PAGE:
Why Does the Bible Say God Battled Sea Monsters at Creation?

When we think of creation, we think of everything beginning with God’s spoken word—as Genesis 1 tells us. But some Old Testament writers concentrate on another aspect of creation—and a weird one at that. In Psalm 74, in the middle of God’s ordering of the sea and dry land, his establishing of the sun, moon, stars, and the seasons, we find another event: God destroying sea monsters.

Yet God my King is from of old,
working salvation in the midst of the earth.
You divided the sea by your might;
you broke the heads of the sea monsters on the waters.
You crushed the heads of Leviathan;
you gave him as food for the creatures of the wilderness.
You split open springs and brooks;
you dried up ever-flowing streams.
Yours is the day, yours also the night;
you have established the heavenly lights and the sun.
You have fixed all the boundaries of the earth;
you have made summer and winter (Psa 74:12–17).

Warring the Sea Monster

The reference to God breaking “the heads of the sea monster” and crushing “the heads of Leviathan” has led many on a desperate study of Old Testament zoology. But this, along with many other confusing Old Testament images, has a cultural context.

In the ancient world, the original (“primordial”) chaotic conditions of creation were often portrayed as a monstrous dragon. This is reflected in stories from ancient Babylon and Israel’s closest neighbor, Ugarit (ancient Syria, just north of Israel).

In the literature of ancient Ugarit, the god Baal battles Yamm, who is portrayed as a chaotic, churning sea and a terrifying sea dragon named Tannun or Litanu. These terms are equivalent to the Hebrew words in Psalm 74:13–14: “You divided the sea (ים, yam) by your might; you broke the heads of the sea monsters (תנינים, tanninim) on the waters. You crushed the heads of Leviathan (לויתן, liwyatan).”

Other parallels are found elsewhere in the Old Testament. In Ugaritic stories, Litanu is described as a “twisting serpent” and a “fleeing serpent.” Those precise phrases are used to describe the sea beast Leviathan in the Old Testament (Isa 27:1; Job 26:13).

What’s the Point?

God didn’t really fight a literal dragon at the beginning of creation. This imagery reflects the mindset of the ancient world, which viewed the sea as unpredictably violent and unable to be tamed. It frightened the ancients. Only the power of a mighty God could produce a habitable world from the chaotic sea—a deed portrayed as a battle with the untamed deep. God was victorious in this conflict, as told in Psalm 74.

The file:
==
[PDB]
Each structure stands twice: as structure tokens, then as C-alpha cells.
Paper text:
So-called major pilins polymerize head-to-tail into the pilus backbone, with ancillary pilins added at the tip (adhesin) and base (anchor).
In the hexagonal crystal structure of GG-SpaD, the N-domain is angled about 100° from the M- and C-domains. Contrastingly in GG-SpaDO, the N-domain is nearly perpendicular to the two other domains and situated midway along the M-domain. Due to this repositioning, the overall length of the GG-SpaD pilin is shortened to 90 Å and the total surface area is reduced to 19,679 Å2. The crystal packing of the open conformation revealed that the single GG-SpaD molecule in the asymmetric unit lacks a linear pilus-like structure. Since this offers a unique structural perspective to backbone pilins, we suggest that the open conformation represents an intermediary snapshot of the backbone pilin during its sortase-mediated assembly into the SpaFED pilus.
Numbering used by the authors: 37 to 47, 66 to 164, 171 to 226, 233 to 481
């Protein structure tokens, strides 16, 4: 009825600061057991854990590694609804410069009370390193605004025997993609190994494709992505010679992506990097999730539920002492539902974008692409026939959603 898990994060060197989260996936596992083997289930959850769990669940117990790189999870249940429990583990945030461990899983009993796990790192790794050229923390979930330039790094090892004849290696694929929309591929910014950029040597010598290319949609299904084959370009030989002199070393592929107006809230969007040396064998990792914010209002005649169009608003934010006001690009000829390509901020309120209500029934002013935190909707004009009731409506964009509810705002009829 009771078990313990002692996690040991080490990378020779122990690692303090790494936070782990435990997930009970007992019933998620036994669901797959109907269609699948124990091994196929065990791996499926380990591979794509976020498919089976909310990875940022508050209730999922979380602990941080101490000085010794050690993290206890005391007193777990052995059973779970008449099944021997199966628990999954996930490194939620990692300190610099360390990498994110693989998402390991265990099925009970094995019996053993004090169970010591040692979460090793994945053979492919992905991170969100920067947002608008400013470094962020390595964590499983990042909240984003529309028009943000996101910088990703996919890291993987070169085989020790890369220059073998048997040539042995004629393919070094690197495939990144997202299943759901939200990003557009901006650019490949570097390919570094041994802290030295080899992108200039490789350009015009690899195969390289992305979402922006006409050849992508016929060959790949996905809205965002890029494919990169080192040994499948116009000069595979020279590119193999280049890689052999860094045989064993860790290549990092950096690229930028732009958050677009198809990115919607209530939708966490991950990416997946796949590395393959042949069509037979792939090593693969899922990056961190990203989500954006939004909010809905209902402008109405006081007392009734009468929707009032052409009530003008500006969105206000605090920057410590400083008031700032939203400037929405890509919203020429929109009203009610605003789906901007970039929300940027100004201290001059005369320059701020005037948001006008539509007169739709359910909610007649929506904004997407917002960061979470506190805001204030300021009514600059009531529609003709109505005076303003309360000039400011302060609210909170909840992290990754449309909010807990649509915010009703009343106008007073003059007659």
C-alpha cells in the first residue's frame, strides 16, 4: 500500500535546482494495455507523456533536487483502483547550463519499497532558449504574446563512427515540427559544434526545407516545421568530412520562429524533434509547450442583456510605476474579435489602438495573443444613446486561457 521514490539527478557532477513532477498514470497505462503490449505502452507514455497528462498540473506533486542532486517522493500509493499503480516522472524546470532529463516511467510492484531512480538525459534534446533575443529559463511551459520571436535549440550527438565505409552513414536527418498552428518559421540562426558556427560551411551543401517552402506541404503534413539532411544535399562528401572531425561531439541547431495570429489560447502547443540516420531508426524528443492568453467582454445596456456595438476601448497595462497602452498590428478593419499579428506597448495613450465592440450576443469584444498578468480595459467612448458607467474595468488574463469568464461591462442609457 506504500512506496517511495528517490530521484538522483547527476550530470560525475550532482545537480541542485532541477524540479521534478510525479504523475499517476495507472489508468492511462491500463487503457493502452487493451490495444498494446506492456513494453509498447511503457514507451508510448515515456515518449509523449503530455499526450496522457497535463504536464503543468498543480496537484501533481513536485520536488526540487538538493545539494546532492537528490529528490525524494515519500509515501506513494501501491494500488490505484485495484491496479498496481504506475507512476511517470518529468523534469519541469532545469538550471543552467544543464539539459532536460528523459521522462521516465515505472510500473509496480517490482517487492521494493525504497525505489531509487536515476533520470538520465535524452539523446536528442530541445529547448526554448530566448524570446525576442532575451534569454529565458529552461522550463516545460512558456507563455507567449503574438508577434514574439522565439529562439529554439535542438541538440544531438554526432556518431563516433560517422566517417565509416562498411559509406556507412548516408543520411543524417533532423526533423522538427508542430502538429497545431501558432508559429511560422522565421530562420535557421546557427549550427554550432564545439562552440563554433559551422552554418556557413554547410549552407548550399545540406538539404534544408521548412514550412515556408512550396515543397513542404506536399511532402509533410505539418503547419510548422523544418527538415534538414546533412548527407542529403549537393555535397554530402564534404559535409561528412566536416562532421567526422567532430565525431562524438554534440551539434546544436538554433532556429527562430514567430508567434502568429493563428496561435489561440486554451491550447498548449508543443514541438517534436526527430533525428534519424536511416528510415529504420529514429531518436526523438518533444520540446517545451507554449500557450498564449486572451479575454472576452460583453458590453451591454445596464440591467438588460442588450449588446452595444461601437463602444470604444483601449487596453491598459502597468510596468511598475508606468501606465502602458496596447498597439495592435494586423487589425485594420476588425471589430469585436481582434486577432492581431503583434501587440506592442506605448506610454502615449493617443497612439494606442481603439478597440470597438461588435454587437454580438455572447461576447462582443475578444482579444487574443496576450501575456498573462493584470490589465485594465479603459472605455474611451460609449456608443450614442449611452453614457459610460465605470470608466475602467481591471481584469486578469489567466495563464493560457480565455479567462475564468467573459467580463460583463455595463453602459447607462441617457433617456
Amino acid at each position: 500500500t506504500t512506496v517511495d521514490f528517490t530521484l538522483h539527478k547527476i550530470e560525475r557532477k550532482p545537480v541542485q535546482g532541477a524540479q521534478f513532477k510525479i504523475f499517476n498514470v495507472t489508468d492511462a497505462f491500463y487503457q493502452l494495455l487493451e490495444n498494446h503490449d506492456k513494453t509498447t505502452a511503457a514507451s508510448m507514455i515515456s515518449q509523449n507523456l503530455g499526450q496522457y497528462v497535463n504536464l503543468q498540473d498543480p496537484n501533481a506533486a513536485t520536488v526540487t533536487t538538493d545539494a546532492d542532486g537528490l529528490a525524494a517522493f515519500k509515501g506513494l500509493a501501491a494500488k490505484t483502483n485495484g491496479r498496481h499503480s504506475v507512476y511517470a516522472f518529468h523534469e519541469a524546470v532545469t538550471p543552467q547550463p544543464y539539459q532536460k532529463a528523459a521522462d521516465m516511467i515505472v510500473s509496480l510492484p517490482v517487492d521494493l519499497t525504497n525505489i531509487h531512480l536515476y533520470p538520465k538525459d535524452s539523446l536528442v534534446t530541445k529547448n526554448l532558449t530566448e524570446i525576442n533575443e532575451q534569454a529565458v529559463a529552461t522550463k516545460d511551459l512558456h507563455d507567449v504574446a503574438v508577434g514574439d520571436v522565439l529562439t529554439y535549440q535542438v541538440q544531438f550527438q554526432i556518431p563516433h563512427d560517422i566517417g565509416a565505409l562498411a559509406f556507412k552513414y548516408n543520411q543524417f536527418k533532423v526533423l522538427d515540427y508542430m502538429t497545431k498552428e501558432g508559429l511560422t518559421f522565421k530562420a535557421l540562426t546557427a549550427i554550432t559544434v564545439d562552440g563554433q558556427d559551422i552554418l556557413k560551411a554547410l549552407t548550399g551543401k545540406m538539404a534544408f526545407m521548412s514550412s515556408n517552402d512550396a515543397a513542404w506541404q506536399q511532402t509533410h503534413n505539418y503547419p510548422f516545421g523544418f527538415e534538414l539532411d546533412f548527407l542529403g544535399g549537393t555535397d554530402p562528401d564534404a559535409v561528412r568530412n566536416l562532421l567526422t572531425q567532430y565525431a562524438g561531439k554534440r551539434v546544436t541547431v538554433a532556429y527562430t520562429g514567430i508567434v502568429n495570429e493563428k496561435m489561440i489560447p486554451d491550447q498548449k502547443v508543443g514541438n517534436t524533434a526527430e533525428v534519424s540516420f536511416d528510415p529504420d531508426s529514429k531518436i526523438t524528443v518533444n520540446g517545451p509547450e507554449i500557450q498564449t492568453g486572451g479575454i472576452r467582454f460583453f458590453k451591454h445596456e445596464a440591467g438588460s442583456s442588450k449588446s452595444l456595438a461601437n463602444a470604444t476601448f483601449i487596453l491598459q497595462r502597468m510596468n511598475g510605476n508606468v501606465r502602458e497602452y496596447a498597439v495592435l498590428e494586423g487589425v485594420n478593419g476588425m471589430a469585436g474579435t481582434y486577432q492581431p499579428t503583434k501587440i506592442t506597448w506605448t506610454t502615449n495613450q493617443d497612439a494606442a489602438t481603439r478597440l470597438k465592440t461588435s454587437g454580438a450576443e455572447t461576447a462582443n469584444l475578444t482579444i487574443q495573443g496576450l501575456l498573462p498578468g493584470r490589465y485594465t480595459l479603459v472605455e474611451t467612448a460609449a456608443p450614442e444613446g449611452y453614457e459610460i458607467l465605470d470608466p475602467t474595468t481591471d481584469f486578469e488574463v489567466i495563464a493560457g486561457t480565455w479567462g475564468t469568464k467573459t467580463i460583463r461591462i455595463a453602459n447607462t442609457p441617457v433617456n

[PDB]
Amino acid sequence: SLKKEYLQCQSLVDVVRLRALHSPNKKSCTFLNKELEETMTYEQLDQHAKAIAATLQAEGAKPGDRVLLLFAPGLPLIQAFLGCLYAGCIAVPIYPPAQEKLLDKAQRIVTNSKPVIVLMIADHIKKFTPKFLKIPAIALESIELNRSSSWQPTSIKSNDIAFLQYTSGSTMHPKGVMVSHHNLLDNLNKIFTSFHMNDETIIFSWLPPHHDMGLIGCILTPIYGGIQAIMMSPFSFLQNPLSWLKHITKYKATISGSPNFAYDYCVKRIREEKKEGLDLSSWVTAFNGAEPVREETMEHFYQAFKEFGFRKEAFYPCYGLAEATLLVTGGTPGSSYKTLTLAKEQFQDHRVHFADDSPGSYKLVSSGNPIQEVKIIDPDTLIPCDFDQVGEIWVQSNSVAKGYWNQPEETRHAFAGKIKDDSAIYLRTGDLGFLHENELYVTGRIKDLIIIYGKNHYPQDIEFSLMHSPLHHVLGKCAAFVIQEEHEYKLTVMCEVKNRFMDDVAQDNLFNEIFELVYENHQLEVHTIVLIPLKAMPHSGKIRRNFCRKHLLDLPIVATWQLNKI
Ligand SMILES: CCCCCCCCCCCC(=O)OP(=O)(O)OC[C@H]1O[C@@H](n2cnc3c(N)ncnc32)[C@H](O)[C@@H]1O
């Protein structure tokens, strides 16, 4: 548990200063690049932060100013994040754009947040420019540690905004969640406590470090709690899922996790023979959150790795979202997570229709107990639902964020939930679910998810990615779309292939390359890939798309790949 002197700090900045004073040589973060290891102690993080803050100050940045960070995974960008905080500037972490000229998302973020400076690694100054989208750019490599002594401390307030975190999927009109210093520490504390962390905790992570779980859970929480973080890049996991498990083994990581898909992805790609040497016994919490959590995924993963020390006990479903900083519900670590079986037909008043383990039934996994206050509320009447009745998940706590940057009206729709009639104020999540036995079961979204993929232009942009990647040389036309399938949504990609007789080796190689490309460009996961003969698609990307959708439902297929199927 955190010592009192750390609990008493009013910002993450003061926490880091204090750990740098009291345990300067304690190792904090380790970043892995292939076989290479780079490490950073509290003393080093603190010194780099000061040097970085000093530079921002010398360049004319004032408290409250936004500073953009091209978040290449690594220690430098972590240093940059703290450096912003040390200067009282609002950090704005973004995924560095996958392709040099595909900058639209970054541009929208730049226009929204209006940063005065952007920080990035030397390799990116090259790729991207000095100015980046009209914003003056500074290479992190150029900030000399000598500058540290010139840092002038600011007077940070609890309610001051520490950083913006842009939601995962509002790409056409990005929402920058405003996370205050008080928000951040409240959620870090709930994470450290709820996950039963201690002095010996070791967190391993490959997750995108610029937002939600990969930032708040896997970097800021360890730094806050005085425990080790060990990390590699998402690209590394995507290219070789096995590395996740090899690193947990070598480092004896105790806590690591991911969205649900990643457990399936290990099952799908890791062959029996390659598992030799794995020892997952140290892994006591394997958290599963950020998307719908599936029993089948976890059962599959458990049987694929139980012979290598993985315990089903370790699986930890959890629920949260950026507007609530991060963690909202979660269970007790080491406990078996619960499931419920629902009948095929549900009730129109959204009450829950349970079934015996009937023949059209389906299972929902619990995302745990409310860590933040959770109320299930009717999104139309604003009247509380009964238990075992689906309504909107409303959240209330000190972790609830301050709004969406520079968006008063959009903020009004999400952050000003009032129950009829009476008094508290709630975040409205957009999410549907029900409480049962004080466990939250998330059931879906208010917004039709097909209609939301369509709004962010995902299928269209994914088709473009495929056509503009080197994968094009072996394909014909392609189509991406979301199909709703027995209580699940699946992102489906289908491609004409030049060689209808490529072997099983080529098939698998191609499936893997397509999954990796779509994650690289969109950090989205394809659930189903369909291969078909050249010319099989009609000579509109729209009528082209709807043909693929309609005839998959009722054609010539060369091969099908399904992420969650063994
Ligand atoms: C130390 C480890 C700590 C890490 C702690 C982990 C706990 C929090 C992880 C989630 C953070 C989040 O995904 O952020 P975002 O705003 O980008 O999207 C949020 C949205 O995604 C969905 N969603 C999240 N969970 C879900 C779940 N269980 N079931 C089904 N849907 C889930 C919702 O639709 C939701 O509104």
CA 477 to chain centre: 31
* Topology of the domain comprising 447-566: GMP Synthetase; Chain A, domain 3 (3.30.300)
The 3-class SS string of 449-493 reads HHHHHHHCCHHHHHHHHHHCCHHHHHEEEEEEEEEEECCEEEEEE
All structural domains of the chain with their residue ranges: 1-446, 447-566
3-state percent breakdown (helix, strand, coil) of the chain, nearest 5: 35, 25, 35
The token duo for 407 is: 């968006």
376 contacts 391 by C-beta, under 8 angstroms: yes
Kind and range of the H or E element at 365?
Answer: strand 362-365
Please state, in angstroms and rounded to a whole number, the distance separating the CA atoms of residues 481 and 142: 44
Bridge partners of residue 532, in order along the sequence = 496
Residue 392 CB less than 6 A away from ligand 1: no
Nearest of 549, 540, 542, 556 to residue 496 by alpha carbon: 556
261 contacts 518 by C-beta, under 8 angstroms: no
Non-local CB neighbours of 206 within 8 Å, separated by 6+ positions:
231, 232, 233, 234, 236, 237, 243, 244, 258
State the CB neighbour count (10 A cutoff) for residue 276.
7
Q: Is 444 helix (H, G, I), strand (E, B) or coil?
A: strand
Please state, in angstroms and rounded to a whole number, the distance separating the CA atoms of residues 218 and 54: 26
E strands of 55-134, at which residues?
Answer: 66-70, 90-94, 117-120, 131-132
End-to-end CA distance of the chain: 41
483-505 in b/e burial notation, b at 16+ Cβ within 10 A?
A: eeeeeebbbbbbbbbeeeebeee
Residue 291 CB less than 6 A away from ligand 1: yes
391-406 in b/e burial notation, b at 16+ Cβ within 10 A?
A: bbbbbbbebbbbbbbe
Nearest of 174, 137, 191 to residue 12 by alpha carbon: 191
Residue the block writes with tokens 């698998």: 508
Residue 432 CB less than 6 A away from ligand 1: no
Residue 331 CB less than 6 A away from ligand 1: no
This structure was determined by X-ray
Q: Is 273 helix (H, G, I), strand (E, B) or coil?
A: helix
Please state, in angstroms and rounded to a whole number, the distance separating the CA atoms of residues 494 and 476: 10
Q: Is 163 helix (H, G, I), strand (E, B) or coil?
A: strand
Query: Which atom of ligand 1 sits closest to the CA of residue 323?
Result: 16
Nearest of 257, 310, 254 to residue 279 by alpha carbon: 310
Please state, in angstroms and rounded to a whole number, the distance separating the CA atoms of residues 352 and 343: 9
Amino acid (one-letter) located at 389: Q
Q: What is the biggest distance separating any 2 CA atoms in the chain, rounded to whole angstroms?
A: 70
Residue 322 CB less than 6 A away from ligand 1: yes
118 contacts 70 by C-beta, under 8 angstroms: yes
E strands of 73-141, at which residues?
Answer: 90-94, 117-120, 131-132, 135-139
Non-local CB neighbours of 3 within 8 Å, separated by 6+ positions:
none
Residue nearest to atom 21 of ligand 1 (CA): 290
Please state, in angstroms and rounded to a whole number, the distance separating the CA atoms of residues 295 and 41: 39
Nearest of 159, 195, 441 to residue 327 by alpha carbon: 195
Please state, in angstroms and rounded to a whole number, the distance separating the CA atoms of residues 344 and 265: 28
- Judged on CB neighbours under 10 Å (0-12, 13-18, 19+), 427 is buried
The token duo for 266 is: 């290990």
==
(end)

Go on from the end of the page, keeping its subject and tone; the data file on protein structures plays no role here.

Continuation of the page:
This imagery was intentionally repurposed throughout the Old Testament. In Isaiah 51:9–10, the sea monster image (this time called “Rahab”) is applied to the Israelites’ escape from Egypt. It was the arm of the Lord “who cut Rahab in pieces” and “who pierced the dragon (תנין, tannin) … [and] dried up the sea, the waters of the great deep, who made the depths of the sea a way for the redeemed to pass over.” This imagery—the same imagery used in creation stories—effectively describes the birth of a new nation after God’s defeat of Egypt.

Isaiah also describes the end of days with the same language: “In that day the Lord . . . will punish Leviathan the fleeing serpent, Leviathan the twisting serpent, and he will slay the dragon that is in the sea” (Isa 27:1). The book of Revelation, taking its cue from Isaiah 27:1, describes a time when there will be “no more sea” (Rev 21:1). The elimination of all that opposes God will only come with His final reign on earth. Only when the new heaven and new earth are brought into being will the violent sea monster truly be slain.

why is the bible hard to understandDr. Michael S. Heiser is a scholar-in-residence for Faithlife, the makers of Logos Bible Software. He is the author of The Unseen Realm: Recovering the Supernatural Worldview of the Bible and has taught many Mobile Ed courses, including Problems in Biblical Interpretation: Difficult Passages I.

This article is excerpted from Dr. Heiser’s book I Dare You Not to Bore Me with the Bible.

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  1. I guess I would have to say that I am not convinced that this is an account of Creation. I would be more inclined to suggest it might be a description of some events as the flood came and covered the earth then waned.

  2. Claus-Dieter Stoll says

    In Gen 1,21 God creates the tanninim (wajjibra elohim et hattanninim haggedolim). Therefore the message of gen 1 is: the tanninim are no gods but only creatures.

  3. Well yeah and there is the imagery of two trees in the middle of the garden. One is Yeshua, the tree of life. The other is the nachash or shiny one, satan, the source or tree of the knowledge of good and evil on earth.